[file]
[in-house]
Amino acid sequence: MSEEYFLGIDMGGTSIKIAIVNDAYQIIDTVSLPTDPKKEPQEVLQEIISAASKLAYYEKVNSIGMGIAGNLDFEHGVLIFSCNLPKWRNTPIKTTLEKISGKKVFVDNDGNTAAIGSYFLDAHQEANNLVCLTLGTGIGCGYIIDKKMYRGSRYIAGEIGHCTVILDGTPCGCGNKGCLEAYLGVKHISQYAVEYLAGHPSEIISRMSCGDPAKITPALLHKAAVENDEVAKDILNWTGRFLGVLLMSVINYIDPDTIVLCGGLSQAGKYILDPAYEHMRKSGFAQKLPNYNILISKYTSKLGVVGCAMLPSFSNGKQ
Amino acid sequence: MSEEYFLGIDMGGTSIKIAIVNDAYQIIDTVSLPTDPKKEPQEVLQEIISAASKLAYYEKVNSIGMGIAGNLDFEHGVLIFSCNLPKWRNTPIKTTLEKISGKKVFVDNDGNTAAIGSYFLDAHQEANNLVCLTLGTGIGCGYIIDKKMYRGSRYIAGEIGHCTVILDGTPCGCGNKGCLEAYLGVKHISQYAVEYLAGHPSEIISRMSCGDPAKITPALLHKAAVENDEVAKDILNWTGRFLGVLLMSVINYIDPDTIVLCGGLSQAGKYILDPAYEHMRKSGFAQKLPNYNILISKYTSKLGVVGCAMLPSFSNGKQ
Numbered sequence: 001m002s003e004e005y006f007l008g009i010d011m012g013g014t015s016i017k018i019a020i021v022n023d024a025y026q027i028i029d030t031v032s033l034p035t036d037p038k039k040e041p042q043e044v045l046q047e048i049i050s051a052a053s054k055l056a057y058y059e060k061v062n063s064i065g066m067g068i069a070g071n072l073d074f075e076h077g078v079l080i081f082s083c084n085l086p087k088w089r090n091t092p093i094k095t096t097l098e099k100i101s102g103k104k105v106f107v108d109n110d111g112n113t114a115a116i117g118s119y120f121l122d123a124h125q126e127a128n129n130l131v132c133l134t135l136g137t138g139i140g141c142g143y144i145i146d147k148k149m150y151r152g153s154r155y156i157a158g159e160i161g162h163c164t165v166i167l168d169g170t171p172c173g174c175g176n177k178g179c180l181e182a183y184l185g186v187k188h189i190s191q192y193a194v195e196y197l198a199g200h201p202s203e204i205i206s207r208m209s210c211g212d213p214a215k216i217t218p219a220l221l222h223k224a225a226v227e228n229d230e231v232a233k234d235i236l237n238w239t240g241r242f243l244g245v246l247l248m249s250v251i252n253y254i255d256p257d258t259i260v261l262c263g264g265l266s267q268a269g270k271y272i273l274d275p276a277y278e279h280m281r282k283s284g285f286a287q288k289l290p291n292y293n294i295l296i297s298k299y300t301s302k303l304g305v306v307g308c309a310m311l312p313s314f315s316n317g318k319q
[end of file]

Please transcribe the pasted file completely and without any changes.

[in-house]
Amino acid sequence: MSEEYFLGIDMGGTSIKIAIVNDAYQIIDTVSLPTDPKKEPQEVLQEIISAASKLAYYEKVNSIGMGIAGNLDFEHGVLIFSCNLPKWRNTPIKTTLEKISGKKVFVDNDGNTAAIGSYFLDAHQEANNLVCLTLGTGIGCGYIIDKKMYRGSRYIAGEIGHCTVILDGTPCGCGNKGCLEAYLGVKHISQYAVEYLAGHPSEIISRMSCGDPAKITPALLHKAAVENDEVAKDILNWTGRFLGVLLMSVINYIDPDTIVLCGGLSQAGKYILDPAYEHMRKSGFAQKLPNYNILISKYTSKLGVVGCAMLPSFSNGKQ
Amino acid sequence: MSEEYFLGIDMGGTSIKIAIVNDAYQIIDTVSLPTDPKKEPQEVLQEIISAASKLAYYEKVNSIGMGIAGNLDFEHGVLIFSCNLPKWRNTPIKTTLEKISGKKVFVDNDGNTAAIGSYFLDAHQEANNLVCLTLGTGIGCGYIIDKKMYRGSRYIAGEIGHCTVILDGTPCGCGNKGCLEAYLGVKHISQYAVEYLAGHPSEIISRMSCGDPAKITPALLHKAAVENDEVAKDILNWTGRFLGVLLMSVINYIDPDTIVLCGGLSQAGKYILDPAYEHMRKSGFAQKLPNYNILISKYTSKLGVVGCAMLPSFSNGKQ
Numbered sequence: 001m002s003e004e005y006f007l008g009i010d011m012g013g014t015s016i017k018i019a020i021v022n023d024a025y026q027i028i029d030t031v032s033l034p035t036d037p038k039k040e041p042q043e044v045l046q047e048i049i050s051a052a053s054k055l056a057y058y059e060k061v062n063s064i065g066m067g068i069a070g071n072l073d074f075e076h077g078v079l080i081f082s083c084n085l086p087k088w089r090n091t092p093i094k095t096t097l098e099k100i101s102g103k104k105v106f107v108d109n110d111g112n113t114a115a116i117g118s119y120f121l122d123a124h125q126e127a128n129n130l131v132c133l134t135l136g137t138g139i140g141c142g143y144i145i146d147k148k149m150y151r152g153s154r155y156i157a158g159e160i161g162h163c164t165v166i167l168d169g170t171p172c173g174c175g176n177k178g179c180l181e182a183y184l185g186v187k188h189i190s191q192y193a194v195e196y197l198a199g200h201p202s203e204i205i206s207r208m209s210c211g212d213p214a215k216i217t218p219a220l221l222h223k224a225a226v227e228n229d230e231v232a233k234d235i236l237n238w239t240g241r242f243l244g245v246l247l248m249s250v251i252n253y254i255d256p257d258t259i260v261l262c263g264g265l266s267q268a269g270k271y272i273l274d275p276a277y278e279h280m281r282k283s284g285f286a287q288k289l290p291n292y293n294i295l296i297s298k299y300t301s302k303l304g305v306v307g308c309a310m311l312p313s314f315s316n317g318k319q